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I have a database where users are represented by hashes. Each user (hash) has associated values (pertaining to the music track that he was listening to). Since, a user can listen to more than one track there are repeat instances of the user and associated data (with data being different as it is now a different track).

What I would like to do is select ~10 users at random from this database, and then find their associated data.

Currently, the code that I am using is this:

FROM `tblPlayLogV4`
WHERE `titleId` <> 0 AND `hash` IN (SELECT `hash` FROM `tblPlayLogV4` WHERE `titleId` <> 0 AND RAND() <= 0.1 GROUP BY `hash` HAVING COUNT(`hash`) > 500);

Why RAND() - because LIMIT is not allowed in inner queries. Idea for RAND() here - http://www.rndblog.com/how-to-select-random-rows-in-mysql/

The above query takes ages to complete.

If however, I run the inner query separately, it finishes in 4.53s. I then hard code the result of the inner query in the outer query, and that finishes in about 275 ms. The separated queries are presented below:

SELECT `hash` FROM `tblPlayLogV4` WHERE `titleId` <> 0 AND RAND() <= 0.1 GROUP BY `hash` HAVING COUNT(`hash`) > 500);

SELECT * FROM `tblPlayLogV4` WHERE `hash` IN ('-29e291921cccd06a5813bca17b7f7c3','-2c08232108dcd93c443d821165c2c79','-58285c1602072da713e51cc6cdc6313','-5bcc2c42482d5805277609a84474aef','-79ecab520d661a1d624de7e7b04f265','-e937c753a96fc9e441f83af97b08489','04d3f1e91e4e92970819190346405d2d','3f9f0cd502de38d47e39367cdfdd6722') AND `titleId`<>0;

Can someone please explain to me why this is happening? What is it that I am doing wrong? And if there is a better way for me to formulate my query, do tell me.

Number of entries in the database: 6,322,605

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Don't know if this will improve performance by so much but you check ``titleId` <> 0` in both inner and outer query. You should be able to remove it from the outer query and still get the same result. –  jlundqvist Dec 16 '11 at 12:41
Actually, in the inner query I check for titleID to ensure that only those instances of 'hash' are included in the count where the titleID is not 0. This is to remove hashes where most of the titleIDs are zero. Then in the outer query, I check again because I do not want those records where the titleID is zero. –  rahulthewall Dec 16 '11 at 12:47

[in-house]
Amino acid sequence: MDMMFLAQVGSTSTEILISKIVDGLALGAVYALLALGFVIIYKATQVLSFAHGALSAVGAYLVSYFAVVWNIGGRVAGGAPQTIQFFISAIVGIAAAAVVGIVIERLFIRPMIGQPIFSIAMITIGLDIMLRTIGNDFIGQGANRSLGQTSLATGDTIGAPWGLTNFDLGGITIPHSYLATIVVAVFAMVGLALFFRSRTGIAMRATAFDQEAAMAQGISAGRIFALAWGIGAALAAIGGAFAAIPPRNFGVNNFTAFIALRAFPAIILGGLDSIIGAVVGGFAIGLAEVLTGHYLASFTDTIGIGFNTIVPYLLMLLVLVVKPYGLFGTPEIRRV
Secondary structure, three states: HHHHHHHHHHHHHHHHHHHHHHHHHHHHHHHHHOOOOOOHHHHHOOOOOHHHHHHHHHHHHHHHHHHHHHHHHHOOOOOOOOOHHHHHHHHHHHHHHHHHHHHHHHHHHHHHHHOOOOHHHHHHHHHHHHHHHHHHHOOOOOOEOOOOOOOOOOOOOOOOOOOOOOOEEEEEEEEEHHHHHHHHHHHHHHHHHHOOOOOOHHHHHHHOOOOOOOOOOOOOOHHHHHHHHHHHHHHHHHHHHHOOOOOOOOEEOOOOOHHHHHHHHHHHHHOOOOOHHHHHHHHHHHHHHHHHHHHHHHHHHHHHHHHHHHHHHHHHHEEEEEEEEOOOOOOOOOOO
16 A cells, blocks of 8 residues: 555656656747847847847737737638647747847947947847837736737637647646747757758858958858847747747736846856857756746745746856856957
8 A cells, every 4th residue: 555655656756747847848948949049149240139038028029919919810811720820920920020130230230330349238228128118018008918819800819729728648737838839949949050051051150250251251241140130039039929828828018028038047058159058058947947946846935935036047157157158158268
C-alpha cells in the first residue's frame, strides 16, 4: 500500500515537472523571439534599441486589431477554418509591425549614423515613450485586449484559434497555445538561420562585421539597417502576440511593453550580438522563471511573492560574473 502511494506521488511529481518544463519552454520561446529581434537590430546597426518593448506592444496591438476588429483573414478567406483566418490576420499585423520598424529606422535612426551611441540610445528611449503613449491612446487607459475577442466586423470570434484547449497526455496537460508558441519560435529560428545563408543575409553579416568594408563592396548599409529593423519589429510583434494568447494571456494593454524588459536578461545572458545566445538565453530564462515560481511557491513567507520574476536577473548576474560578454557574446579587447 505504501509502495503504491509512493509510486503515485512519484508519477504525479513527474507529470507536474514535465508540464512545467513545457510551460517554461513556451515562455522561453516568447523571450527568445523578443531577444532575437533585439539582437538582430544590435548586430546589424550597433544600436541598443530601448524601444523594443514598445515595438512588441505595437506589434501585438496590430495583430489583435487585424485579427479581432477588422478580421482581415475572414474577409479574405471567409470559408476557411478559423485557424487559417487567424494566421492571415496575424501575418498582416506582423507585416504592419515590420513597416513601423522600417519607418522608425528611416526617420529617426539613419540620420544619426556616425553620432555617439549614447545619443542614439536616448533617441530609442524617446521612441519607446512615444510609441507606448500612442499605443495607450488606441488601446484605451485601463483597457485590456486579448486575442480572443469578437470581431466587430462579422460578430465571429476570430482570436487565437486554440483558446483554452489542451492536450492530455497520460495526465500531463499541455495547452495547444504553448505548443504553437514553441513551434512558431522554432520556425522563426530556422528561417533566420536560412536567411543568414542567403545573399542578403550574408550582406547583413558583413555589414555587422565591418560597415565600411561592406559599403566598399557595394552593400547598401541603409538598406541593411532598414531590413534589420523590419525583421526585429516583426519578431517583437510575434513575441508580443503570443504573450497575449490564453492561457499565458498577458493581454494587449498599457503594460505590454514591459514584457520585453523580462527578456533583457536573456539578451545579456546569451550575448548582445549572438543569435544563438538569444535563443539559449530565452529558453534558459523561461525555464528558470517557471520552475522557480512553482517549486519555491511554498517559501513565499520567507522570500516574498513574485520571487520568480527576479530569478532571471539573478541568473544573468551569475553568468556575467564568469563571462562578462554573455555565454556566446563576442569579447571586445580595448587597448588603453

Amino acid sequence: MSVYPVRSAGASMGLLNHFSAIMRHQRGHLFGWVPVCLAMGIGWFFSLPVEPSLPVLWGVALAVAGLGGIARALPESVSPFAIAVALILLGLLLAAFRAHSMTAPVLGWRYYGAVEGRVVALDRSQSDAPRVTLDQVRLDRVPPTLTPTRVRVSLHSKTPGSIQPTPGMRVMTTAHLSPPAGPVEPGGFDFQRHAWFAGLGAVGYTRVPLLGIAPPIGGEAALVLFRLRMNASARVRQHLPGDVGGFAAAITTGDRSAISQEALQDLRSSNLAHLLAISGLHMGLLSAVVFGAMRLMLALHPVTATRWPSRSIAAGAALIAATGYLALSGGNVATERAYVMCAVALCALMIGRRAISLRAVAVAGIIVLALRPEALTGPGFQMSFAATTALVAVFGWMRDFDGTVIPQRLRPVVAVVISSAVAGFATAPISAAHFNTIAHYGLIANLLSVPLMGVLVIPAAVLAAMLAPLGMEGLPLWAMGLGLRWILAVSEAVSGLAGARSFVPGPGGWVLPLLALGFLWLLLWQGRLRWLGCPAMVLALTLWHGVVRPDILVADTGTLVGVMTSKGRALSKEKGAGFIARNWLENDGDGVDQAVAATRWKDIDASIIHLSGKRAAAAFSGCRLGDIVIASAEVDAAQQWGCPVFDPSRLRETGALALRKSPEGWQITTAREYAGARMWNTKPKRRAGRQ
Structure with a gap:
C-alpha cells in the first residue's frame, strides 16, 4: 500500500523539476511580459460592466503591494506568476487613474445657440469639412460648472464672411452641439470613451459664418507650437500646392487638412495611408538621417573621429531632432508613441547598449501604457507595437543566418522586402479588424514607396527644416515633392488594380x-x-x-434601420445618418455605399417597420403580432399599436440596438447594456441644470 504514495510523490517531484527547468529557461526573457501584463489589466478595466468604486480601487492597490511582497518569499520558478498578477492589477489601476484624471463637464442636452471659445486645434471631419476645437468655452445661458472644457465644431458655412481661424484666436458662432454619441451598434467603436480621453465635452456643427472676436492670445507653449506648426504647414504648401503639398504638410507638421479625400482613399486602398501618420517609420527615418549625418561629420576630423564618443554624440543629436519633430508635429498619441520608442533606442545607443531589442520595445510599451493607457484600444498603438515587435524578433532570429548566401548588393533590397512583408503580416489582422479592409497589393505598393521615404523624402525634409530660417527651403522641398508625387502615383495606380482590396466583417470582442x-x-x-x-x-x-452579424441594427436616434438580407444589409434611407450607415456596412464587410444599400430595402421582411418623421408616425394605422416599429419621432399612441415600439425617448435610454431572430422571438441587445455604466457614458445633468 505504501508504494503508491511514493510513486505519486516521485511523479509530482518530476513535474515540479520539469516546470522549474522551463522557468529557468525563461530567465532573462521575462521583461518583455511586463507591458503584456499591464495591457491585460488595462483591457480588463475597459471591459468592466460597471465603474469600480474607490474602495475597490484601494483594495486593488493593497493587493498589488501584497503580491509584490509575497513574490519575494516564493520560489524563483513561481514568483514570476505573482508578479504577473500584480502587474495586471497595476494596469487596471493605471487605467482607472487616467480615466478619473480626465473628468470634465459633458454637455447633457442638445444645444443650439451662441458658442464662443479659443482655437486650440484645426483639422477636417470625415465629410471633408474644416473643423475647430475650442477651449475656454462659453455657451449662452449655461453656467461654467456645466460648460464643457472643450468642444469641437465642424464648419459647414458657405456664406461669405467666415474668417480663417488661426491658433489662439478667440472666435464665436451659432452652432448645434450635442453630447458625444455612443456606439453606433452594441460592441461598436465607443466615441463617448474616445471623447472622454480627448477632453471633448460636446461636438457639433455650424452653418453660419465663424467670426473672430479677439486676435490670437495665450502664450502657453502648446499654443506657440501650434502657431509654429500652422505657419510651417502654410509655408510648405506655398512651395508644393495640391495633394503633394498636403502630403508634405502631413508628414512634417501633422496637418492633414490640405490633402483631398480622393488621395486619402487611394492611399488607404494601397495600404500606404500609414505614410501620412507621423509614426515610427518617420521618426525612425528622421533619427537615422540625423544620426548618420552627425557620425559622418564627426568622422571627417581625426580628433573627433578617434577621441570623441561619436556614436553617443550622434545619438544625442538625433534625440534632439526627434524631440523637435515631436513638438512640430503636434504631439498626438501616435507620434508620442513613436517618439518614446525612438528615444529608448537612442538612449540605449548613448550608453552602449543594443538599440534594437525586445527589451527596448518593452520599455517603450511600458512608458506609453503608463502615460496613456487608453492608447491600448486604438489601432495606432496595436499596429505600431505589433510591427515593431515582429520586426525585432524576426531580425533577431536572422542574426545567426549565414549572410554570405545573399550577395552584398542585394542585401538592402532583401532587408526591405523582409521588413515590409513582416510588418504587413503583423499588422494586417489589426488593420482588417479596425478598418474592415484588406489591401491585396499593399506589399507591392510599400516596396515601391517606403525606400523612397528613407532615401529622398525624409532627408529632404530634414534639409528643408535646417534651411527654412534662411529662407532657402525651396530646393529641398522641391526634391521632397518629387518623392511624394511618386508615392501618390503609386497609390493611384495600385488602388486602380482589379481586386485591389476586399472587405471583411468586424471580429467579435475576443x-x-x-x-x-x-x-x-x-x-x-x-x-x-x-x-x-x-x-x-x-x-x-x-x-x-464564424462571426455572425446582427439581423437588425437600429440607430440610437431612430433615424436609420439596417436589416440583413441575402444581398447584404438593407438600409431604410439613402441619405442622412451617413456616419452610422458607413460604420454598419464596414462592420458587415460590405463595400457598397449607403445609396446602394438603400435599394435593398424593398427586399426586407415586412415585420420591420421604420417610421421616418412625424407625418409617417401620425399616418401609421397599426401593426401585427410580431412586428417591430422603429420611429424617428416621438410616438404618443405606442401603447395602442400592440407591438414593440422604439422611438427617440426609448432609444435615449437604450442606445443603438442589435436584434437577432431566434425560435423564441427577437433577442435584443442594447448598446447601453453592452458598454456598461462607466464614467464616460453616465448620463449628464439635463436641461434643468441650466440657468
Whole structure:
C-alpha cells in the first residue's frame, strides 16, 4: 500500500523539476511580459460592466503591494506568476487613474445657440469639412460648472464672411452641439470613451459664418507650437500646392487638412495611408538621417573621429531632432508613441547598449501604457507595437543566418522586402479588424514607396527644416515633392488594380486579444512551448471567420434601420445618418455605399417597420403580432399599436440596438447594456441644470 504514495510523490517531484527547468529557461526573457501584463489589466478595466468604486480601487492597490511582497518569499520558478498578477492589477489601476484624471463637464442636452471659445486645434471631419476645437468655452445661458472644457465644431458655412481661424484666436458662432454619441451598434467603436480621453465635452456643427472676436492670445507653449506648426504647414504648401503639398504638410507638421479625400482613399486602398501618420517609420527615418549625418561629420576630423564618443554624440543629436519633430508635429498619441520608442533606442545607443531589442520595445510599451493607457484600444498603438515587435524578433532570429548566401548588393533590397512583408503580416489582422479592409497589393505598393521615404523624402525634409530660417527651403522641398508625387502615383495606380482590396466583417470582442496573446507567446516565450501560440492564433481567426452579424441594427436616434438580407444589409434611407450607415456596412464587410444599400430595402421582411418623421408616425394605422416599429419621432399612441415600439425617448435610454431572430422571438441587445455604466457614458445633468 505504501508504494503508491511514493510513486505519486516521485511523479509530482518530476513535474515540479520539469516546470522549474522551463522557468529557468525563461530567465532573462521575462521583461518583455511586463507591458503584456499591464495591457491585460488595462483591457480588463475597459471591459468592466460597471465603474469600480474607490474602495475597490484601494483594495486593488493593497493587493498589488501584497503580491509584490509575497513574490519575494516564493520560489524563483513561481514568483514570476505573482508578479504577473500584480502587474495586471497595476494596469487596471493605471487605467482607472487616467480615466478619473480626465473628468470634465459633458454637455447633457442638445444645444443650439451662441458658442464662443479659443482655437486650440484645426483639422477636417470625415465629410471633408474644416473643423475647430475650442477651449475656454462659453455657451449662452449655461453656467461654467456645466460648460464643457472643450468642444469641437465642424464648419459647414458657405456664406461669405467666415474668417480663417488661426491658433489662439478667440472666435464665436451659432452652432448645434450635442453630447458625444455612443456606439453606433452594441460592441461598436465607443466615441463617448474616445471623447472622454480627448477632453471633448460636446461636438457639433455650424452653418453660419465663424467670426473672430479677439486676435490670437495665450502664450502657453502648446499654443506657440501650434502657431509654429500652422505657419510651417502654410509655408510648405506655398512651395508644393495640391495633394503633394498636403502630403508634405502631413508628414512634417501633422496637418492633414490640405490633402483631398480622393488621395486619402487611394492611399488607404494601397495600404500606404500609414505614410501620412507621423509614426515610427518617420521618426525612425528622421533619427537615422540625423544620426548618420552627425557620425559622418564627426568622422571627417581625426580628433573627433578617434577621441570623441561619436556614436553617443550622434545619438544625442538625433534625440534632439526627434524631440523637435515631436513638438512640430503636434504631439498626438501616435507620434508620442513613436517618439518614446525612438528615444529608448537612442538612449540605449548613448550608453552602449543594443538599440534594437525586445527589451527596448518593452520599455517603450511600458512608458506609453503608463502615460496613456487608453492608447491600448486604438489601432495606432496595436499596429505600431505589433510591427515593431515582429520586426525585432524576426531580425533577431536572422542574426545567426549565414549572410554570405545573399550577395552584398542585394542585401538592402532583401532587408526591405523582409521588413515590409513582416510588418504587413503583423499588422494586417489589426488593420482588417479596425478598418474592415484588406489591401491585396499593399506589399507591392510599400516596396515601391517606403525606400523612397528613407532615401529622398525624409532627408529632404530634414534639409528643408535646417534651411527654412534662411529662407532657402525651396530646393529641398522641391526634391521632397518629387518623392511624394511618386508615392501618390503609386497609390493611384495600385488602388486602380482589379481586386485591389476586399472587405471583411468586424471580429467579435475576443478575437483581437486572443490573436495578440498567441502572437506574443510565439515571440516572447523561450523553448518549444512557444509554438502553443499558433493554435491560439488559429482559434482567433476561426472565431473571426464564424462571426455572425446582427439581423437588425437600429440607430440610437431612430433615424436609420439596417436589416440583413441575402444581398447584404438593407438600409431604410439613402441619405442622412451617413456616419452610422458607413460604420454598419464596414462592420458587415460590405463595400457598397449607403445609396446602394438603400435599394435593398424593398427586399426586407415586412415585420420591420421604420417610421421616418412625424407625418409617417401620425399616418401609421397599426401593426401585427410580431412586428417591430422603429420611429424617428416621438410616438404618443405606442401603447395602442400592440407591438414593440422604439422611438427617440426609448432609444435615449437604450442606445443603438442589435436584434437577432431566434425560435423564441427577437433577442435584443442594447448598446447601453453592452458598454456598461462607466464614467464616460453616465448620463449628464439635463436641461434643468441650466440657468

2 Answers 2

up vote 1 down vote accepted

As Dems said, your existing query is executing your RAND() selection in the sub-query for every record in your main query's table.

So try rewriting your main query like this:

FROM (SELECT `hash` 
      FROM `tblPlayLogV4` 
      WHERE `titleId` <> 0 AND RAND() <= 0.1 
      GROUP BY `hash` 
      HAVING COUNT(`hash`) > 500) r
JOIN `tblPlayLogV4` f on r.`hash` = f.`hash` and f.`titleId` <> 0;
share|improve this answer
Could even move the RAND() into the HAVING clause? –  MatBailie Dec 16 '11 at 13:09
@Dems, isn't the HAVING clause executed after all of the joins? –  Mark Bannister Dec 16 '11 at 13:15

The difference is that the first query is processing all 6,322,605 records. But the second query is processing only 10. So yes, the second query will be slow. Basically you need a way of choosing 10 out of 6 million, without processing all 6 million...

The 'simplest' alternative to for each record to be given a "sequence_id" column, and index that column. You can the just generate 10 random values, and directly pull out those records with SELECT * FROM table WHERE sequence_id IN (a,b,c,d,etc). This does, however, require you to ensure that the sequence_id has no gaps.

So, do you ever DELETE from that table, or just append to it?

If you do delete from it, you could still ensure 'no-gaps' by taking records from the end of the table, and updating their sequence_id with the values just deleted (possibly with a trigger). The feasibility of this depends on how often you delete from the table.

share|improve this answer
Hey, thanks for the explanation. Nothing is deleted from this table. I am actually working towards creating a new table because I now realize that there is more information that I need to collate from other tables. –  rahulthewall Dec 16 '11 at 13:52

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